• If you share yourself---that's what leaders do, they allow themselves to be vulnerable---then they support you
  • I've refined my technique over hundreds of projects with executives and leaders in business, politics, culture, eduction, military, etc
  • I will describe two parts: the building block, which I describe in more depth in my first TEDx talk, which describes the environmental leadership process with one person.
  • One person won't change a culture, so I'll describe the second part, which uses many building blocks to transform a corporation.

The Building Block

  • The building block is a 4-step process to ask what people care about, have them create a way to act on it, make it manageable, and add accountability, where they report how it went
  • It goes well and they want to share. They know that when they share what they care about people connect with it.
  • If their employees just heard, we're going to use less plastic, well that might mean they're trying to save money
  • If they hear their CEO sharing trying to do his or her best, they see him or her doing what they want to do themselves. By supporting the CEO, they support themselves. So they don't attack, they support.

Building corporate culture with the building block

  • Still the CEO is one person. I do the building block with a team including several executives and a few junior people who will implement the results.
  • We pick an audience to hear the recordings, which could be just the team if they're private, employees if their goal is mainly morale, clients if their goal is sales, the public if PR. The point is someone has to hear for accountability and to motivate depth, but the team chooses for its goals.
  • I do the building block with all ten people (could be half a dozen or a dozen). Most tasks take 2 weeks or a month
  • I meet with them in a month, ask how it went, how it affected them emotionally, their relationships.
  • They always learn. Then I do the building block again, this time restricting the task to in the office.
  • We meet again after they finish their second task. Now they've collectively done 20 tasks, the second usually bigger and more rewarding than first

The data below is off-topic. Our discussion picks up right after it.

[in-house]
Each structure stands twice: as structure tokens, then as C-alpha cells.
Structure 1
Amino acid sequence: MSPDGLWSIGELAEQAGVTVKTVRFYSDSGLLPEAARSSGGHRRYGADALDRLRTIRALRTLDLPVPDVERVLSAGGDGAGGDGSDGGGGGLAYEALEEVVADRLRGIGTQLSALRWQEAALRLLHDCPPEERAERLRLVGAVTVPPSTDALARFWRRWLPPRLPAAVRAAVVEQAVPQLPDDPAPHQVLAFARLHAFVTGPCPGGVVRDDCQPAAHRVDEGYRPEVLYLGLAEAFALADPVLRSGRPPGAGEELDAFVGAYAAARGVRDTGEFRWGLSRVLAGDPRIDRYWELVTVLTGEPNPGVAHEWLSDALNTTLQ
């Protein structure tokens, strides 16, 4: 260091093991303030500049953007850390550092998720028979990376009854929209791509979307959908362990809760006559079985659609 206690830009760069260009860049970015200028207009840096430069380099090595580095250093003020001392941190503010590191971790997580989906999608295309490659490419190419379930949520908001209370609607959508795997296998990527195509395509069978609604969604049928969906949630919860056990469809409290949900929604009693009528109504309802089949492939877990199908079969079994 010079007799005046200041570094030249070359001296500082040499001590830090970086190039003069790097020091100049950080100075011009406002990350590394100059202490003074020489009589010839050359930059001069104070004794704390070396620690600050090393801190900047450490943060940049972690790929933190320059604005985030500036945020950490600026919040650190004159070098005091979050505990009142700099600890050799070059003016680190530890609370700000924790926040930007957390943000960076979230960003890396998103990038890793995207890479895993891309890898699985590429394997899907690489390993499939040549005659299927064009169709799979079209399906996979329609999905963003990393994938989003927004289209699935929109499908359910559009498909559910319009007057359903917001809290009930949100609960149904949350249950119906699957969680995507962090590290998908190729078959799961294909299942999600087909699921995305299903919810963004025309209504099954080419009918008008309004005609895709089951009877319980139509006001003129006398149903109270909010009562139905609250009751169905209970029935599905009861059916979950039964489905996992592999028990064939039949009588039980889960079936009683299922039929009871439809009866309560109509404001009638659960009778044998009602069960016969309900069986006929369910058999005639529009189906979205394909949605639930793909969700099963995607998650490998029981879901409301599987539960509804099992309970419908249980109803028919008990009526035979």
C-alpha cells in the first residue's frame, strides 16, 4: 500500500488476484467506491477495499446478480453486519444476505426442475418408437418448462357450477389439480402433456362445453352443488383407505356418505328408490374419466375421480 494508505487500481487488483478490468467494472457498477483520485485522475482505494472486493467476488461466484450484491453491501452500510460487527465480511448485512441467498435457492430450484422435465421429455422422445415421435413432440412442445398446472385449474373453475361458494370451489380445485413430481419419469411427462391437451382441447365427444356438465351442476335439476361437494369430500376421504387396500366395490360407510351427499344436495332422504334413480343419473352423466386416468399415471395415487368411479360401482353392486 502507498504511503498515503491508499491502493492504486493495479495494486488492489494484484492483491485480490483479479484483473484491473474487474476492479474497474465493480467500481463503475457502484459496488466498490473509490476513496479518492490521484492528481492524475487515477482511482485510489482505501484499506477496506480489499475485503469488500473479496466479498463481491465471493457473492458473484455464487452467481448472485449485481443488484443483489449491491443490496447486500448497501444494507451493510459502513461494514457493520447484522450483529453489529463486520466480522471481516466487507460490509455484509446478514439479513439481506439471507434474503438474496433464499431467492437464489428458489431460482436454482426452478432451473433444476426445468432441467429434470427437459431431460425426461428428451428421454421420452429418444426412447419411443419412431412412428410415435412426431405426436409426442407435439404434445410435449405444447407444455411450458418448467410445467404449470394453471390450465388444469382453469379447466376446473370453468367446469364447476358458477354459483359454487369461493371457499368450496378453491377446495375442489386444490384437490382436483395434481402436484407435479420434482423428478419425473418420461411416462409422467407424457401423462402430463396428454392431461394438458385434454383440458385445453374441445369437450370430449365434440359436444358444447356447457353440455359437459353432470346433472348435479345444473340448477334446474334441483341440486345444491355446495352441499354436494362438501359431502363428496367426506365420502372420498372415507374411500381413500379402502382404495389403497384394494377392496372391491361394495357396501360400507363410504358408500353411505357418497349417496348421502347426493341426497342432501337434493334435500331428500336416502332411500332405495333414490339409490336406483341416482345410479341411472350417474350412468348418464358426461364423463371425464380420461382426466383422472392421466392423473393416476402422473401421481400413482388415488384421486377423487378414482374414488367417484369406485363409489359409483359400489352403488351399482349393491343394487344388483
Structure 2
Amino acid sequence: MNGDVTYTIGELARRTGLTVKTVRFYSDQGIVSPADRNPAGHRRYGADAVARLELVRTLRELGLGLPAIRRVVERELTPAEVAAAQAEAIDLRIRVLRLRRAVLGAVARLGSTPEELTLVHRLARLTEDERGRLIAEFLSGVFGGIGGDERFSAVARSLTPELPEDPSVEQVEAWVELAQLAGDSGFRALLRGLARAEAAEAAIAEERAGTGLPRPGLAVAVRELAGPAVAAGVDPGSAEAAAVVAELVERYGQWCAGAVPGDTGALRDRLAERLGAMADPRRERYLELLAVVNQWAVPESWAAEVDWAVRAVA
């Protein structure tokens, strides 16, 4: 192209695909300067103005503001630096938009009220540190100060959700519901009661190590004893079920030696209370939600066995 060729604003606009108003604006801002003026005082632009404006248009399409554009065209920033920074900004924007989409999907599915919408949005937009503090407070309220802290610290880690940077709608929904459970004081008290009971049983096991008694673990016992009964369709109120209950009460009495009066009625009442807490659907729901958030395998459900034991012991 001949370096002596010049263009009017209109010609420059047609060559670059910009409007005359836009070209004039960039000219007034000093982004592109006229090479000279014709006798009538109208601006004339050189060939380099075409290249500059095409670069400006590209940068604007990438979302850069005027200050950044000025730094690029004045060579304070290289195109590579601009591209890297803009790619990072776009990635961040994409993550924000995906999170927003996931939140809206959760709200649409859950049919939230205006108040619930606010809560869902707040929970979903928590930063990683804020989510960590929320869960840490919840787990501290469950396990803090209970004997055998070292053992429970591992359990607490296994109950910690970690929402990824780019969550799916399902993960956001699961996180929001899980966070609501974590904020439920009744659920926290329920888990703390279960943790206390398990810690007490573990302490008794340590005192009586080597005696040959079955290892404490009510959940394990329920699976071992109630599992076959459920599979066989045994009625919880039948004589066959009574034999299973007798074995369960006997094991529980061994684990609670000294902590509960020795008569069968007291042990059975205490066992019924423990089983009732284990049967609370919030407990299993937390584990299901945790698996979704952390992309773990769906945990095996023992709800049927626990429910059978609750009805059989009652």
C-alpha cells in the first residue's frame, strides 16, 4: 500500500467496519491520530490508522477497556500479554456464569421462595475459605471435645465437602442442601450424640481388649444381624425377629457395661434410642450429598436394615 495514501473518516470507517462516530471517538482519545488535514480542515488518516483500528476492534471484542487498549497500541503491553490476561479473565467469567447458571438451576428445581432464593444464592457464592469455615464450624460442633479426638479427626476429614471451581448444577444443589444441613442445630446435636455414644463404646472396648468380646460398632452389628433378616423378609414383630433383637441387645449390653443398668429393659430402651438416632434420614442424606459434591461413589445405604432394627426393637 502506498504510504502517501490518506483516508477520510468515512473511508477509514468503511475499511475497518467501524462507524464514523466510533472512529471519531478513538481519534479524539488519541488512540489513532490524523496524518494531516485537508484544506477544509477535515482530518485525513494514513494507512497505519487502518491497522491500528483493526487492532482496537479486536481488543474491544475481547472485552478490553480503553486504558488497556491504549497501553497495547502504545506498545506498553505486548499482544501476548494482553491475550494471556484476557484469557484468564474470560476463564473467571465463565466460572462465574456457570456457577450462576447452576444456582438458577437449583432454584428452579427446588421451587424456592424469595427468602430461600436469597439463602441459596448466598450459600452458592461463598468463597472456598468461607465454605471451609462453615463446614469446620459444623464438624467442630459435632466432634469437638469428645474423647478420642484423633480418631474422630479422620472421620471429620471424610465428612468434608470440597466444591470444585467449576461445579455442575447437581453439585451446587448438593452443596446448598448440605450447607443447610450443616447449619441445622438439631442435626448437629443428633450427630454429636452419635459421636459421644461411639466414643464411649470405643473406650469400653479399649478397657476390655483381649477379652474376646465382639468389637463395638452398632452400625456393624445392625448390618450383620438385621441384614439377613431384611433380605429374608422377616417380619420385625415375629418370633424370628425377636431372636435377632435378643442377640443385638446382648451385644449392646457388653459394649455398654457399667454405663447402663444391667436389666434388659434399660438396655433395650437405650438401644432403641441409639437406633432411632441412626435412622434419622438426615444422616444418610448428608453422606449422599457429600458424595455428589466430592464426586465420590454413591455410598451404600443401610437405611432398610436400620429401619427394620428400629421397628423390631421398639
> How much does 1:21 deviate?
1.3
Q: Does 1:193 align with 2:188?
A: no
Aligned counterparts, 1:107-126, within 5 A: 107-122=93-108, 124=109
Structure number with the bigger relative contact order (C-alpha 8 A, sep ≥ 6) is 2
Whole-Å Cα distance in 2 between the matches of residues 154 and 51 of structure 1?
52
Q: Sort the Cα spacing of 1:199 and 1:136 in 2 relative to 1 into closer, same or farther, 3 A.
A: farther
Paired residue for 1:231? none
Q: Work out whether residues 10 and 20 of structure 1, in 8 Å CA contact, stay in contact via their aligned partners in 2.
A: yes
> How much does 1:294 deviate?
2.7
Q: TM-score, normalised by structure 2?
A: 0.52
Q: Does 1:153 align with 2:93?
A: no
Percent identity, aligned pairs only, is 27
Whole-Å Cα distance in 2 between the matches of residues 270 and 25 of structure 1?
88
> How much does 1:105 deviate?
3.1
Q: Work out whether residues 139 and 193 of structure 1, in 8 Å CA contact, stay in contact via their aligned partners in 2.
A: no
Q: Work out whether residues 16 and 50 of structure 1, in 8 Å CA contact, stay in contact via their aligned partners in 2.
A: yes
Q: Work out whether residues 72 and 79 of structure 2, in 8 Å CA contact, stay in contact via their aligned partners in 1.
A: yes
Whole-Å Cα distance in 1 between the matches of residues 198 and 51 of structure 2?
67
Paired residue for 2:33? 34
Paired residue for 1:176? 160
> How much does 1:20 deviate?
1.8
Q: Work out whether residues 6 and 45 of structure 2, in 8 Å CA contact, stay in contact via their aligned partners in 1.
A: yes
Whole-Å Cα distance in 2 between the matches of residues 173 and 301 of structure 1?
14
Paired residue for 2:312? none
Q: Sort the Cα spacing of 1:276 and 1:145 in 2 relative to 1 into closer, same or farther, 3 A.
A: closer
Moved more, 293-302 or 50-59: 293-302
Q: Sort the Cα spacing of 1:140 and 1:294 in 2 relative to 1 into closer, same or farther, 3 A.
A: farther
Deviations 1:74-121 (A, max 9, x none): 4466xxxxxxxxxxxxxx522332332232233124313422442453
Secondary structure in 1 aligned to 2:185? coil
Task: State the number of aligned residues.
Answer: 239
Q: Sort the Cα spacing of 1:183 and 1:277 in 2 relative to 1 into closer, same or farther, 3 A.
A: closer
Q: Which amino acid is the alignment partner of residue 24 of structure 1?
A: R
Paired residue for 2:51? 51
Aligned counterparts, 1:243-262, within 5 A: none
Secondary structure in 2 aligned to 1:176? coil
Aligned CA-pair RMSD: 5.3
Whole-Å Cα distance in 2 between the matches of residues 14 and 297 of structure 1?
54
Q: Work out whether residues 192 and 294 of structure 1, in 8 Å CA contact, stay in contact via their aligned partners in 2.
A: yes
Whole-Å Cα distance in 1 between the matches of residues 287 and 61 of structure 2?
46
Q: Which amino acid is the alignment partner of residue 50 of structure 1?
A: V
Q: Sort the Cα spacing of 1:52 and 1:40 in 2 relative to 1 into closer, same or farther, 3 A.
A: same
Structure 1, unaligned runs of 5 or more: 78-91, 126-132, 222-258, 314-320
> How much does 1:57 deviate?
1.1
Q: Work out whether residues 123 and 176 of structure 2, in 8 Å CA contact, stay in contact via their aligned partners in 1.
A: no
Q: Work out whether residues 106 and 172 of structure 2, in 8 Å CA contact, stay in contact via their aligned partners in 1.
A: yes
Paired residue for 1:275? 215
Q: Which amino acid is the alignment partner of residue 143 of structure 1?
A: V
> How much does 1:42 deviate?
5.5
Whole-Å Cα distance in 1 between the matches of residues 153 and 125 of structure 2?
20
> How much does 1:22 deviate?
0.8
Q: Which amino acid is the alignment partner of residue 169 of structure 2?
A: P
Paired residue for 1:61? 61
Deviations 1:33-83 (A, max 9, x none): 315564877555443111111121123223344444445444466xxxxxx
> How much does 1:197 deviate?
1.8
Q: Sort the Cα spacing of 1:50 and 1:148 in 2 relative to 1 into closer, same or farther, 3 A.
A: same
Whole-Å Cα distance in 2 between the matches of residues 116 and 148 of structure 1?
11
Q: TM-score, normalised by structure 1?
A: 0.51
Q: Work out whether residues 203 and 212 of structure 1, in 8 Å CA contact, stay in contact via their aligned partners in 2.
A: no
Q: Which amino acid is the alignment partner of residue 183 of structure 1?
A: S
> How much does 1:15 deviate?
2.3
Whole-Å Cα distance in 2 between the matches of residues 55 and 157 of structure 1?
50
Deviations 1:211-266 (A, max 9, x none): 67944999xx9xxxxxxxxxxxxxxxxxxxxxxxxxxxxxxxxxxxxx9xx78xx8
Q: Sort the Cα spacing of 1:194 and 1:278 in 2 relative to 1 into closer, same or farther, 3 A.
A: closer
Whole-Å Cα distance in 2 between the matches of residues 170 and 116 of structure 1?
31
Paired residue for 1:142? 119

• Third meeting we meet as group for a half to full day exercise
  • Based on experience and teamwork, this exercise leads them to create a team exercise based on experience, that the company will implement, usually led by the two junior people who have been part of this engagement from the start
  • I don't know the company. I don't create the project. They do. I'm like a basketball coach. I don't put the ball in the hoop. The experienced people do.
  • I know how to lead individuals and a team to face and overcome the unique challenges of environmental leadership -- feelings of shame, guilt, helplessness, anxiety, futility, and so on.
  • When they bring to company a project, they aren't saying do as I say, not as I do. They're saying: hear my humanity and struggles. I did my best, grew to learn, and am sharing joy and discover with you. Community, connection.

Conclusion

  • I'll leave off here for now, but I wanted to share the professional, executive work I'm doing.
  • If corporations and governments aren't involved, we'll get almost nowhere.
  • I want to engage and activate them so they love acting, get competitive advantages, boost morale, attract talent, etc for acting more sustainably.
  • If they don't their competitors will, so why not enjoy it and act first?


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583: Growthbusters called me extreme, so I responded